"Bill Dembski has come a long way in five years from the very technical approach of his Design Inference. One of his key concepts in arguing from the intrinsic features of a system to a designer is its 'specified complexity.' Here, through luminous examples provided throughout this volume, he makes this concept more concrete, clearer and much more persuasive, and links it very helpfully to information theory. Together with a lucid presentation of his arguments for a designing agency for living organisms, he deals with many of the objections to intelligent design theory, especially those that claim it involves supernatural causes, violates the laws of nature and is nonscientific. He does this very readably, in short, snappy chapters, which will make his analysis accessible to a much wider audience. Dembski has the rare ability to create profound new concepts, and he is making rapid strides from the bright but limited scientist into a mature interdisciplinary thinker. I believe it is only a matter of time before he becomes a very formidable mind. At times, stung by the fevered polemics of his critics, he tends, like Samuel Johnson, to 'argue for victory,' or even to claim victory. This, I am sure, will pass." (John Roche, Linacre College, Oxford)

"When I first heard William Dembski lay out his fundamental ideas on design, my immediate thought was a disjunction: we have here either a stunning conceptual breakthrough or a brilliantly illuminating mistake. Conceptual work looks easy when you see the conclusions; it is maddeningly difficult to absorb, refute or evaluate; the temptation to cut to the chase and cry victory is enduring. I was not in the least surprised by the intellectual, academic, theological and cultural storm that followed the public presentation of Dembski’s proposals. He has burrowed deep into a warren of issues that will take decades to unravel and evaluate. In this volume he does not shirk the crucial questions that have to be addressed from his side of the house. His admirers should heed the complexity and nuances of his position; his critics need to do justice to the specificity and intellectual sensitivity of his claims; anyone interested in the interaction of theology, philosophy and natural science should listen in very carefully before making up their mind." (William J. Abraham, University Distinguished Teaching Professor, Southern Methodist University)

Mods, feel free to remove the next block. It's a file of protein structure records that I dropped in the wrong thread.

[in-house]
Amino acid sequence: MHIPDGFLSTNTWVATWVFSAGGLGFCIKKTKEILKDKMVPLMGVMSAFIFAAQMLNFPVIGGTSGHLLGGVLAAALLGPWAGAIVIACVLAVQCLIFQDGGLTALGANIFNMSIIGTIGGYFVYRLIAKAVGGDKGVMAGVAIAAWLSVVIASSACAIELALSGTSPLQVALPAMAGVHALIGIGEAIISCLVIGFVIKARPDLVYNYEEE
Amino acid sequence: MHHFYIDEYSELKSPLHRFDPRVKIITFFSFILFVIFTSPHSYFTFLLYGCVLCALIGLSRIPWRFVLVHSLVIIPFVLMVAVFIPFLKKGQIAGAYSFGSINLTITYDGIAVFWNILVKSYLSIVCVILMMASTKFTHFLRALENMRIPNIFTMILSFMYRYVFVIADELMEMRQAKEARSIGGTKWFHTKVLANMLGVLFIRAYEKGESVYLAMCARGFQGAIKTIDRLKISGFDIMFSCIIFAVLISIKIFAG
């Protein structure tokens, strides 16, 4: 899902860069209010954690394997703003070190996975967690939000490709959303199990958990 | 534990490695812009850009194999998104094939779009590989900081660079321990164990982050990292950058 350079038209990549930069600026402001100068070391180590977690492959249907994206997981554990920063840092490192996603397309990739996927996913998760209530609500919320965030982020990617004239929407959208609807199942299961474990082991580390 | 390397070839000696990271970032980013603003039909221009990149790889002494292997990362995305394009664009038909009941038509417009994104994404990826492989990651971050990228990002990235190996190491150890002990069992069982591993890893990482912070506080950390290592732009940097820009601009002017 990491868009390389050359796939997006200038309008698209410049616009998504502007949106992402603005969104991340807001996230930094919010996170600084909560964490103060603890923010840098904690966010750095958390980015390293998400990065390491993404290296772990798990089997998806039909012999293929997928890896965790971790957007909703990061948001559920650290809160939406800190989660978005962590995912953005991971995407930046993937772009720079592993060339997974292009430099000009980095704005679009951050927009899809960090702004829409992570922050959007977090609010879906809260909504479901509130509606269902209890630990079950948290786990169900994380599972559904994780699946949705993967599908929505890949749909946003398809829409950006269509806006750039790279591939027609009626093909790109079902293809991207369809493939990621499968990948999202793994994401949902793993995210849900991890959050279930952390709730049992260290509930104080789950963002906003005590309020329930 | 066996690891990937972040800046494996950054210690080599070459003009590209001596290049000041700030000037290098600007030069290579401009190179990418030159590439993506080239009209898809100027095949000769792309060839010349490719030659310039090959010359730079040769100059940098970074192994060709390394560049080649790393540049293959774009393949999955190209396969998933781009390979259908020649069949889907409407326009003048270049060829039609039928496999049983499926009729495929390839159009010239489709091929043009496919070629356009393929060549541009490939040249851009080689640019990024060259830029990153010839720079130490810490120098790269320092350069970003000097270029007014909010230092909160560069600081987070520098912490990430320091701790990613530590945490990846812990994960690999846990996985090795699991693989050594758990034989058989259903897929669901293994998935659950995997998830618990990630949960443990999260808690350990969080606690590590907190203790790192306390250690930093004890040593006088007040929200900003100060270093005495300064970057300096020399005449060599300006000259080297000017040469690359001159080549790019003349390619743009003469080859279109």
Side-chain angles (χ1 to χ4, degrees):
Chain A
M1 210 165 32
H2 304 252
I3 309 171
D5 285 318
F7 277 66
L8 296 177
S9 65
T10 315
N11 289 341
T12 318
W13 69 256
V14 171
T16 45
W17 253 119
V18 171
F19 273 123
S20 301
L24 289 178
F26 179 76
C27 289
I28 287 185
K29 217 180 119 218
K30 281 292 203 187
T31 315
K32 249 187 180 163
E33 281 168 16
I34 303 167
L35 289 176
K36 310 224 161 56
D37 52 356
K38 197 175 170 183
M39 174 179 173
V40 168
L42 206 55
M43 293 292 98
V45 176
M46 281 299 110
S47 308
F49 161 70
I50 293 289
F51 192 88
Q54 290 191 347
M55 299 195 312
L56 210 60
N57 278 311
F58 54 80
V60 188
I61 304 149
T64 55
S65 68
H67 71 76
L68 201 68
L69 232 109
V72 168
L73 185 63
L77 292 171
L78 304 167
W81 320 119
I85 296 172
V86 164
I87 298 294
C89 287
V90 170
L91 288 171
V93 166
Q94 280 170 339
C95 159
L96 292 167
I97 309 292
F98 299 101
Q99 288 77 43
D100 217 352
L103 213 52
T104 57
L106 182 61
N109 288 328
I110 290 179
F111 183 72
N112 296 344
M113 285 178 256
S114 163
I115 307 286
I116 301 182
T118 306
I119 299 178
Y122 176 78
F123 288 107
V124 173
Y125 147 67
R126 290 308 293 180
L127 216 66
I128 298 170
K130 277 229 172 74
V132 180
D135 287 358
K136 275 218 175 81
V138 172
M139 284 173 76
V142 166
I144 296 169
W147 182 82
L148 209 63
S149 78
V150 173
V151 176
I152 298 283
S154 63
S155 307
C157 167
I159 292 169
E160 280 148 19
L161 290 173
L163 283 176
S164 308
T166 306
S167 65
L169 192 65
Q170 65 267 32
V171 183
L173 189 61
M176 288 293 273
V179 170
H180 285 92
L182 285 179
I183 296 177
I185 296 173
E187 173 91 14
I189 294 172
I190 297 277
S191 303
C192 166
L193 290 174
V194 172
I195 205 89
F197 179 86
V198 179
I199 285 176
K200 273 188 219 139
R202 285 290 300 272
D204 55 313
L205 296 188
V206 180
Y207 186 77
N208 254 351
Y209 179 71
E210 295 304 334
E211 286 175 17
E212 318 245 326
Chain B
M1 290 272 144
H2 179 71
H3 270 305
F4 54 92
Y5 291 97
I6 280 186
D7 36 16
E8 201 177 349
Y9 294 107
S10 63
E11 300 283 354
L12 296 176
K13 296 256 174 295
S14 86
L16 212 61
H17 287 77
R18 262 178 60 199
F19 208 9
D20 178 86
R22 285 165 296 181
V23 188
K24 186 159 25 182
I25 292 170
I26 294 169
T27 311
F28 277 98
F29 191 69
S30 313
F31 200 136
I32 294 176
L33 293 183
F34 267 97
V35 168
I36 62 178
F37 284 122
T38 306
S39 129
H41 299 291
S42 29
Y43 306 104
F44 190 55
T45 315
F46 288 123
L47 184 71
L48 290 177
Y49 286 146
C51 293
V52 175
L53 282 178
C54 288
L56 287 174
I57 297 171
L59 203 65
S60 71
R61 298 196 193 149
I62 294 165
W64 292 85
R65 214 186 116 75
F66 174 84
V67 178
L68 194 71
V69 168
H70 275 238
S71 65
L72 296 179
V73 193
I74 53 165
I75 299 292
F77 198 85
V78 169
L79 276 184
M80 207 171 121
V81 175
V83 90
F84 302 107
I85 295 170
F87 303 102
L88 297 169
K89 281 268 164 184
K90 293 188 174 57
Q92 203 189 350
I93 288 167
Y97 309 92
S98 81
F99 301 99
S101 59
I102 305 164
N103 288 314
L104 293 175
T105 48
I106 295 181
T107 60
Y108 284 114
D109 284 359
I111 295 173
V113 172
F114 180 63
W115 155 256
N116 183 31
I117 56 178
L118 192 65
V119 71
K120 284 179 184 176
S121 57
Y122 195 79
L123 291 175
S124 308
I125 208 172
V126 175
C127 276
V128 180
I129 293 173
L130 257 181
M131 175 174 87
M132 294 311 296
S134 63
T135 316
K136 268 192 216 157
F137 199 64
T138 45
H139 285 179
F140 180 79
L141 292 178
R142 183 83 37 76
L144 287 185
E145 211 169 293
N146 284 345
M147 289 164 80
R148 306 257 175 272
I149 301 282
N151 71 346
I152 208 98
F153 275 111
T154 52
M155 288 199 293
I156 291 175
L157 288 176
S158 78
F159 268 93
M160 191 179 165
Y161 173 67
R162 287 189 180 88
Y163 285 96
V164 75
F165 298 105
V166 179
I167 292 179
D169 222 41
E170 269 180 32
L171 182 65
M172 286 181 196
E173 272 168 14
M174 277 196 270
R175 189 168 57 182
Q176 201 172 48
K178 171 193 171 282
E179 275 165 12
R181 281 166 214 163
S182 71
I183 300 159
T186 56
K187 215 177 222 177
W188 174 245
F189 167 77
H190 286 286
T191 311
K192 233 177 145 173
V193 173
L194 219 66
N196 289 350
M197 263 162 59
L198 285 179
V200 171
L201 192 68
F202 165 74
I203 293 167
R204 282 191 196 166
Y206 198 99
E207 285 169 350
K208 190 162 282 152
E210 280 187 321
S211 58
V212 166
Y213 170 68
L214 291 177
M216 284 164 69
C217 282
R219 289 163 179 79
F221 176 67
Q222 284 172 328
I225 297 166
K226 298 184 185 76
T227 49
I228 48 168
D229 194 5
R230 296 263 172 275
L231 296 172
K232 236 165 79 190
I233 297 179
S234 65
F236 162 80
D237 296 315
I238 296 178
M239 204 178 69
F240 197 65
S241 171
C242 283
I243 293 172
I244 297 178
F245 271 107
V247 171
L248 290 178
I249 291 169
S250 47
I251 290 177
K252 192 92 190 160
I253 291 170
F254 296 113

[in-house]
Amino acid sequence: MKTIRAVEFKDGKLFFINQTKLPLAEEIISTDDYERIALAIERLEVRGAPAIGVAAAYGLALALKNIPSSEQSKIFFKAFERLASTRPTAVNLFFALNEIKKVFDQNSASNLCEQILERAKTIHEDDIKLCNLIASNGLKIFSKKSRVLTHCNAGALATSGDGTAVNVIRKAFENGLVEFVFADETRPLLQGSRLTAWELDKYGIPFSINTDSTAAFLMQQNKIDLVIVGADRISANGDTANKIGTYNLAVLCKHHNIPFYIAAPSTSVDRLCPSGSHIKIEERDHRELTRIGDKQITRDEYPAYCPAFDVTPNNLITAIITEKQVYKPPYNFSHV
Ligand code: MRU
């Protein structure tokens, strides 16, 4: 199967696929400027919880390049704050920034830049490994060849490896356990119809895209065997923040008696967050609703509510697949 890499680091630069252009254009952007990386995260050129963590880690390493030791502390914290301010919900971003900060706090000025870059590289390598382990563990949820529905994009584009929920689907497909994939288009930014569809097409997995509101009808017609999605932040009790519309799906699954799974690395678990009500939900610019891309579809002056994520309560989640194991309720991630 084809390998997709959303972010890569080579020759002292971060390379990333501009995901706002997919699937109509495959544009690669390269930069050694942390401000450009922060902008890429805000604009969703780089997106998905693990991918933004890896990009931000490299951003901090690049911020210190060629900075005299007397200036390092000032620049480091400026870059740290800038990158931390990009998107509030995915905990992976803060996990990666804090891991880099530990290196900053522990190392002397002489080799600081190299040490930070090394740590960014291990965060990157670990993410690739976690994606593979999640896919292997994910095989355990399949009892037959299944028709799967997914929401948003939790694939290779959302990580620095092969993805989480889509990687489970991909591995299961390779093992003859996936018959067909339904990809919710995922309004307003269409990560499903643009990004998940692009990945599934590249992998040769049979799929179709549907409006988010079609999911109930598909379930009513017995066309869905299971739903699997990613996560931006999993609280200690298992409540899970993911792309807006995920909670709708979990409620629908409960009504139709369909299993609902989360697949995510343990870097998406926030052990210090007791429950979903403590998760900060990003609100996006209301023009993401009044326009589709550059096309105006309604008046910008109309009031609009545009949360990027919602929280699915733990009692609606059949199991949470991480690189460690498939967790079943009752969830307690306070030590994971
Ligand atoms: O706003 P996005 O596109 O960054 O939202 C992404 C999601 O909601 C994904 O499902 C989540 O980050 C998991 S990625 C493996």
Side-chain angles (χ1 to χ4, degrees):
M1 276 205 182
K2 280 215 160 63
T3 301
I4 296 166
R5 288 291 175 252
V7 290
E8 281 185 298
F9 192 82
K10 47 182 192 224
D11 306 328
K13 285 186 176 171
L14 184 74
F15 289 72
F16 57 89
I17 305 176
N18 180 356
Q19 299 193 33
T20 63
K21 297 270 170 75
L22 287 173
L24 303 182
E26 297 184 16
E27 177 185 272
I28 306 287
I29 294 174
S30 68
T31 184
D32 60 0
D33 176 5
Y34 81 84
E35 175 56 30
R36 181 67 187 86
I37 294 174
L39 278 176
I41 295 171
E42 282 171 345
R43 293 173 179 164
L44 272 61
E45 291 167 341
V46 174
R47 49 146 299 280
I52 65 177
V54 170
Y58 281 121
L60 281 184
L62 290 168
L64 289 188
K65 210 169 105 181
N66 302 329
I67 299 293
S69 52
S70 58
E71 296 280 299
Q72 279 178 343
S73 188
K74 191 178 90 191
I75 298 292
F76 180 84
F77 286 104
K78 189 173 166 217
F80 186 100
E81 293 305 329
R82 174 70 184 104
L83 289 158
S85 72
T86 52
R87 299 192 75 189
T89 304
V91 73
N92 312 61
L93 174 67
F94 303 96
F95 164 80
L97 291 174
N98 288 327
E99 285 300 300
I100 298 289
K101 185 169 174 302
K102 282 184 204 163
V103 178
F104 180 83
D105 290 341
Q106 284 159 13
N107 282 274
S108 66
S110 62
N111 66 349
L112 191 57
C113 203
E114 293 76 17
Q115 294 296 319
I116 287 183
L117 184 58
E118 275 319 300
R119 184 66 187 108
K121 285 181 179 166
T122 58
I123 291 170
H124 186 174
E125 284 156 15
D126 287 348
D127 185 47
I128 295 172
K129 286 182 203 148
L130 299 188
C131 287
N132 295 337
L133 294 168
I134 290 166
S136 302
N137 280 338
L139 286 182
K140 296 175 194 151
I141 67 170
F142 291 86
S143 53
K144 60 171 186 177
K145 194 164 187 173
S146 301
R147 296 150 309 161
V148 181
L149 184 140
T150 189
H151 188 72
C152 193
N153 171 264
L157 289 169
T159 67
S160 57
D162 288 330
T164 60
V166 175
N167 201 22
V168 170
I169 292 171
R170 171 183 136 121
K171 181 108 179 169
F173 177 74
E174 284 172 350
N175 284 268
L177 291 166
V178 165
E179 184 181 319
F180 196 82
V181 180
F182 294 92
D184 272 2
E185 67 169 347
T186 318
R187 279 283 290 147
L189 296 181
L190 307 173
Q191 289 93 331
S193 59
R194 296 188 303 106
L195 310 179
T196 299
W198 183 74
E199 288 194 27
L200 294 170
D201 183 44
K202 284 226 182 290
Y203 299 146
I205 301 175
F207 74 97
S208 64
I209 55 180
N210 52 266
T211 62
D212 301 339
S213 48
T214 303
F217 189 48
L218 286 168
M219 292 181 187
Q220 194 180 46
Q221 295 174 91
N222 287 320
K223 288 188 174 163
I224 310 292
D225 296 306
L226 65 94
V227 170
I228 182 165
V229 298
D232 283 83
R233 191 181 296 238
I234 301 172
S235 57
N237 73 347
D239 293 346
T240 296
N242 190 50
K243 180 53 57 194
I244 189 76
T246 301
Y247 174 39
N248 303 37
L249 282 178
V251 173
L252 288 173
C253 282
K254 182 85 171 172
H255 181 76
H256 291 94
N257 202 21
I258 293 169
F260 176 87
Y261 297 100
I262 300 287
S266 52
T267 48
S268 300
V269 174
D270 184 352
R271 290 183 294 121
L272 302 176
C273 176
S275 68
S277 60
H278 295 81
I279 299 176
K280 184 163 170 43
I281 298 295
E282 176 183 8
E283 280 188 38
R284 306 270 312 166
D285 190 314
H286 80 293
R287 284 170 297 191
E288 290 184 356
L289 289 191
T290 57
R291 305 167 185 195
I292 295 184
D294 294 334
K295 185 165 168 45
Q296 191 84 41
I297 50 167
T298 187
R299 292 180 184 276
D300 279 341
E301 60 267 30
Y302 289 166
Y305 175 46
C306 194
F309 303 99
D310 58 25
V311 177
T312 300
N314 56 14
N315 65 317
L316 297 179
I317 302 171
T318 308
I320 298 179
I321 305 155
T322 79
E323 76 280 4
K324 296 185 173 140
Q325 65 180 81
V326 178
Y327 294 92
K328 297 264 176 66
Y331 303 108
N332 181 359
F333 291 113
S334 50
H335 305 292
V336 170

"This is an incredibly valuable resource from one of the great thinkers in the intelligent design movement. If you've got questions about this important topic, look inside--you'll find the answers in an authoritative yet accessible style." (Lee Strobel, author of The Case for a Creator)

"This lucid and authoritative book attempts to answer the many objections that have been raised against the theory of intelligent design. Dembski argues powerfully that it is an intellectually defensible science. It should be read by anyone interested in the character of the world we live in, whether they wish to attack or defend the theory." (Roger Trigg, Professor of Philosophy, University of Warwick)

"Mainstream modern science, with its analytical methods and its "objective" teachings, is the dominant force in modern culture. If science simply discovered and taught the truth about reality, who could object? But mainstream science does not simply "discover the truth"; instead it relies in part on a set of unscientific, false philosophical presuppositions as the basis for many of its conclusions. Thus, crucial aspects of what modern science teaches us are simply shabby philosophy dressed up in a white lab coat. "In this important new book William Dembski continues his ground-breaking effort to show just how unscientific many modern scientists tend to be. If we are truly open to all the evidence, we can discover by the use of our unaided reason that the natural world is not the purposeless outcome of law--itself of unknown origin--and chance. This revolutionary approach has broad implications for science and broader implications for modern culture. Among many other things, Dembski’s book is further evidence of the critical need for students in our public school systems to learn what is really going on in the disputes at the cutting edge of science rather than having their understanding of the natural world veiled and distorted by the prejudices of the past." (Senator Rick Santorum, United States Senate)